Each game played by a football club – be they Premier League, or your favourite local team – in a season gives them an opportunity to score the maximum three points. However, these points are sometimes more valuable in certain stages of the season. Although no win can ever be more or less important than the other, wins or losses in the early stages of the season can give you a fair idea how a team will be positioned in the later part of the Football League. You can further verify this fact by referring to the betting tips provided by popular services such as SBAT.
Although the set of first six games may seem like a very tiny sample to pay attention to, if you look at an entire football season, it can indeed tell you a lot about the teams’ league-end placements.
When teams do well in their first 6 games
Any team that performs exceptionally well during their first six games of the season, are most likely to come out on top of the table during the later stages, and can be safely considered a possible contender in the outright EPL betting market. Such team normally maintains their league position for the remainder of the season, over the 32 games that follow.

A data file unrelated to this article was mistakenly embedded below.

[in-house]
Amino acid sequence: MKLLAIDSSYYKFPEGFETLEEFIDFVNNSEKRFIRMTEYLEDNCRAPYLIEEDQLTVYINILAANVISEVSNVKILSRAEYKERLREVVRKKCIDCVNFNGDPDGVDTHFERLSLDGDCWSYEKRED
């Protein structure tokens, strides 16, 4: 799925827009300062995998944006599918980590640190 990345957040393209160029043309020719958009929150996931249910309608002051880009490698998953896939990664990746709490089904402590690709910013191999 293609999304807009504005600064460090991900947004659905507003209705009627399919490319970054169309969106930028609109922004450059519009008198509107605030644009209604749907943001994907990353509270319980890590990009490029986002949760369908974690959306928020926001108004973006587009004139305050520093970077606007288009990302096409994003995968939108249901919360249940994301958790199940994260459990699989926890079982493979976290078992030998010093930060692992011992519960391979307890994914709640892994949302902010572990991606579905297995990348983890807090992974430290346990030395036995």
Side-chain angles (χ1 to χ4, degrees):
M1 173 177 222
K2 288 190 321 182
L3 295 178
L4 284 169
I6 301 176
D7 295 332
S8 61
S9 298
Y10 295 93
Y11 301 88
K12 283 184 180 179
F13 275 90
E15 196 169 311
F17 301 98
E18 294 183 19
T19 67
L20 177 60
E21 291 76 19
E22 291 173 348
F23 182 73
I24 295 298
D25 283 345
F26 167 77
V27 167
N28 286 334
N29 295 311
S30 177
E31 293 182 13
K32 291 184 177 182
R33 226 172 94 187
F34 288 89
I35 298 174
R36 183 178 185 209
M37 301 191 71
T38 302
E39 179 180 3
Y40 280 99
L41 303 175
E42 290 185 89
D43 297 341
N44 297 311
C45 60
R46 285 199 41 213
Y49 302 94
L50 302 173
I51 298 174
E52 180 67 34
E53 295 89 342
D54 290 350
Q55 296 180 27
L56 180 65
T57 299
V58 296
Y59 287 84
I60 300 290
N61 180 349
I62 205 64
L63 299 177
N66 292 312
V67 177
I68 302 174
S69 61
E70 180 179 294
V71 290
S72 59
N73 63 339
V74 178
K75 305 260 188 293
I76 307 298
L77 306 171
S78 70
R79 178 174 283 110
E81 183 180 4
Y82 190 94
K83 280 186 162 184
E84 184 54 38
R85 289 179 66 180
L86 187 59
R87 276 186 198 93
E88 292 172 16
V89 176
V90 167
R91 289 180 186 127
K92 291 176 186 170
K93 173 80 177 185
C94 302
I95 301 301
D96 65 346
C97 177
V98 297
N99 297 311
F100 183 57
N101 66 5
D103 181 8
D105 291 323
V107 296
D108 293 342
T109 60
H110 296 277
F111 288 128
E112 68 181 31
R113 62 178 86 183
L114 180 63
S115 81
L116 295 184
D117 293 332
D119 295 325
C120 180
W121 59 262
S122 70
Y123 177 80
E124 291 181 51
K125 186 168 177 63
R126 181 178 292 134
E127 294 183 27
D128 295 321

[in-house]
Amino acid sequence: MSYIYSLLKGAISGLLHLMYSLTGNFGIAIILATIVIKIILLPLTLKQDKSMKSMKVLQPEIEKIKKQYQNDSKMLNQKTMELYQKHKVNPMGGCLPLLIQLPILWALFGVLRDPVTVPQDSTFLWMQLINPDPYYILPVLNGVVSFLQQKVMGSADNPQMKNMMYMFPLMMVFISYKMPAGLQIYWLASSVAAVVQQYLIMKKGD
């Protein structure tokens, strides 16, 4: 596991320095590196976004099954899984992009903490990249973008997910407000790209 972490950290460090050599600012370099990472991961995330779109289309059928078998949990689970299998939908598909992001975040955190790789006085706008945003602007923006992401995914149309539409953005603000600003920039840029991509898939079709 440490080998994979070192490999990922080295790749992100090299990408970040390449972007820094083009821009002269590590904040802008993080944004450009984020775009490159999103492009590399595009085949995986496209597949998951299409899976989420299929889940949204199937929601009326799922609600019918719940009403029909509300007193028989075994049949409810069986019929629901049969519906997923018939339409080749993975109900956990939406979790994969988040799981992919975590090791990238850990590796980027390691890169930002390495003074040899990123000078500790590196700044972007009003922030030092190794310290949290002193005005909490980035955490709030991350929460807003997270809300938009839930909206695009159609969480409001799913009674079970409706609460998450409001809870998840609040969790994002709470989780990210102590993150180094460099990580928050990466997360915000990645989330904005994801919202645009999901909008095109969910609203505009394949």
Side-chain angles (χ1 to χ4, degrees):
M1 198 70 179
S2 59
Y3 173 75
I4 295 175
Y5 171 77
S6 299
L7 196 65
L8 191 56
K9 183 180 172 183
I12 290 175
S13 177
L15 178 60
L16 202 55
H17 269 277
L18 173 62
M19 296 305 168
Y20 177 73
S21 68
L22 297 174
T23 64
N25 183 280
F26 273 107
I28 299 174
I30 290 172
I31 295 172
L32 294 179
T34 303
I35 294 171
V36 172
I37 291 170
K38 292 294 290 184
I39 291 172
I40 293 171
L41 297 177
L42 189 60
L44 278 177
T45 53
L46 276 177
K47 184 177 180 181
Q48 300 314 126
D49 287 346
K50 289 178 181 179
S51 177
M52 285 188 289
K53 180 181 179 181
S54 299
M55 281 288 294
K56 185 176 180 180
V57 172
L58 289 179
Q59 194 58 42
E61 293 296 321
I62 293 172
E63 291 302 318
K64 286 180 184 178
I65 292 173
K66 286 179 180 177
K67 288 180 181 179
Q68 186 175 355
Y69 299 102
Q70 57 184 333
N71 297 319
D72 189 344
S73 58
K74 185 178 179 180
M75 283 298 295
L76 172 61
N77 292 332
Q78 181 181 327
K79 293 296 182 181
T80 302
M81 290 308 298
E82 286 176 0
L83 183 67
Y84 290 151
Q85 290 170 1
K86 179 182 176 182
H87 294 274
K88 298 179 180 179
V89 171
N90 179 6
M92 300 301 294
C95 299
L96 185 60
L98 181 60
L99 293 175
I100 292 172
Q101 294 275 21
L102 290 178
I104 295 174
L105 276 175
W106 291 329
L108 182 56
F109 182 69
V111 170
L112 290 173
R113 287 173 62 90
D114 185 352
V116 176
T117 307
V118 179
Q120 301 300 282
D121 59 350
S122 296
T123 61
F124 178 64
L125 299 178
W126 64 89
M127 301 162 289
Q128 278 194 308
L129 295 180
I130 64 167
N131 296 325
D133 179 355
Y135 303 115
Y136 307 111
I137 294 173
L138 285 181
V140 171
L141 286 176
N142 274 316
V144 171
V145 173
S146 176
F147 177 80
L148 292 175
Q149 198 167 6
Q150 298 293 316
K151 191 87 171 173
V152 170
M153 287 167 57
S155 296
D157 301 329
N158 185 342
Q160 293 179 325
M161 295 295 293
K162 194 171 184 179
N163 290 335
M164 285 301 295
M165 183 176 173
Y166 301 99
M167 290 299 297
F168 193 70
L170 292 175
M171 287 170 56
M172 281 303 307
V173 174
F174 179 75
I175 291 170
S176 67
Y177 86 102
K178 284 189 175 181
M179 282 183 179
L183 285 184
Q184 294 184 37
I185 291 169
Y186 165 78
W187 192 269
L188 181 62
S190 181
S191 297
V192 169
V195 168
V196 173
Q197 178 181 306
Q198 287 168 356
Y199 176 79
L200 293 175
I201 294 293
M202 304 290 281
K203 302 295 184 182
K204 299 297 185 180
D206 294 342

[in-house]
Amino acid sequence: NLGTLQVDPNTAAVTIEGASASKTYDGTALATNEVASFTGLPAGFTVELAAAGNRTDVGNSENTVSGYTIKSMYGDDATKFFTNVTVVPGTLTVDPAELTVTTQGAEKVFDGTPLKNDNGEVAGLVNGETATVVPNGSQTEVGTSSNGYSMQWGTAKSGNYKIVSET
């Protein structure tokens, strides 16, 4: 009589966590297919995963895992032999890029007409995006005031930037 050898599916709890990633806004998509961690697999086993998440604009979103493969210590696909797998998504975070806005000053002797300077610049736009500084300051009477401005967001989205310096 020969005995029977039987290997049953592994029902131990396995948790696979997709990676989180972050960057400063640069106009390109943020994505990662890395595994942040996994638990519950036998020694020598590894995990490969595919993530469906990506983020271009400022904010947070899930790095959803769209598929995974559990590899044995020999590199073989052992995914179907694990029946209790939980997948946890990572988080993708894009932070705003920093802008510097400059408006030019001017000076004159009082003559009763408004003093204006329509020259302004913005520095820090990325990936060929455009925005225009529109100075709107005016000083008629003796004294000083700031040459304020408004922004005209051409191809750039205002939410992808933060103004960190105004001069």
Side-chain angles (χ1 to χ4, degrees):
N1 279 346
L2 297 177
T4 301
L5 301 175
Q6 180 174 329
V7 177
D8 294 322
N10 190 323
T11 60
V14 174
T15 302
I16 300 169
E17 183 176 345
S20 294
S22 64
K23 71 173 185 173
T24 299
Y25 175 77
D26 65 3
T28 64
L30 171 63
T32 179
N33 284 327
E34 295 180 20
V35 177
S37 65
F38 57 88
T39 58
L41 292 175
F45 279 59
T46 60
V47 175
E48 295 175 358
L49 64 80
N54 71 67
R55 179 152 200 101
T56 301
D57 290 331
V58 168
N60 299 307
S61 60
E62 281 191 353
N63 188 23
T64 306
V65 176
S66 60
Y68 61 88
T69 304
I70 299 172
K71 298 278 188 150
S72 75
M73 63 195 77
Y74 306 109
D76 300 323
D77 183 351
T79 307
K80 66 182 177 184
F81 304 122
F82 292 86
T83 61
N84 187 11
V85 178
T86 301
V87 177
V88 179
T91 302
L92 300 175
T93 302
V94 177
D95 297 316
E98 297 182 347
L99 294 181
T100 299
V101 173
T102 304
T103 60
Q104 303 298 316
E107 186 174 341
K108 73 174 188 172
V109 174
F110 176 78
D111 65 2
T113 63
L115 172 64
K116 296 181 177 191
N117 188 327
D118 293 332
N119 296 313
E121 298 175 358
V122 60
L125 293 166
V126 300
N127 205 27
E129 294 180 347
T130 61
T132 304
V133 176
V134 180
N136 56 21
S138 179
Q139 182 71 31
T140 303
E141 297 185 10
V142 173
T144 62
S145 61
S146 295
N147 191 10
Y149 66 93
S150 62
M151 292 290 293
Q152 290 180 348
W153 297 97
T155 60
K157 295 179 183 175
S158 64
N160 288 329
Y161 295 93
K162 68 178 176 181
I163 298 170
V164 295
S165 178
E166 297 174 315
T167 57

However, having said that, there are indeed examples of certain teams performing better than everyone’s expectations during the first six games, but then not doing so well over the remaining season. Who doesn’t remember Aston Villa’s decline from a solid sixth position to a dismal seventeenth during the 2014 – 15 season.
Quite interestingly, if you look at the Premier League history, it is only on three occasions since the introduction of the 38-game season format, in the year 1995 – 96, that a team outside of the top four, after the initial six games, won the championship – in the 2002-03 season Manchester United rose from the tenth position to first, while in the 2013-14 season Manchester City won the EPL despite being at the seventh position after the initial six games. Chelsea fought their way from eighth to first position in the 2016-17 season.
When teams don’t do very well in their first six games
In a similar way, on average, teams who don’t do very well during their first six games of the season often find themselves in the lower half of the table, and struggle over the remaining part of the season.
As expected, there are certain exceptions to this rule too.
For instance, Southampton rose from sixteenth position to sixth after playing their 38 games in the 2015-16 season. However, considering the fact that there is always at least one team from the bottom three (after the initial six games) that gets relegated, it can be broadly inferred that it does become very difficult to fight back after a poor start.
Furthermore, at least two of the bottom three teams (after first six games) get relegated on a regular basis. This has happened exactly 10 out of 22 times since the 95-96!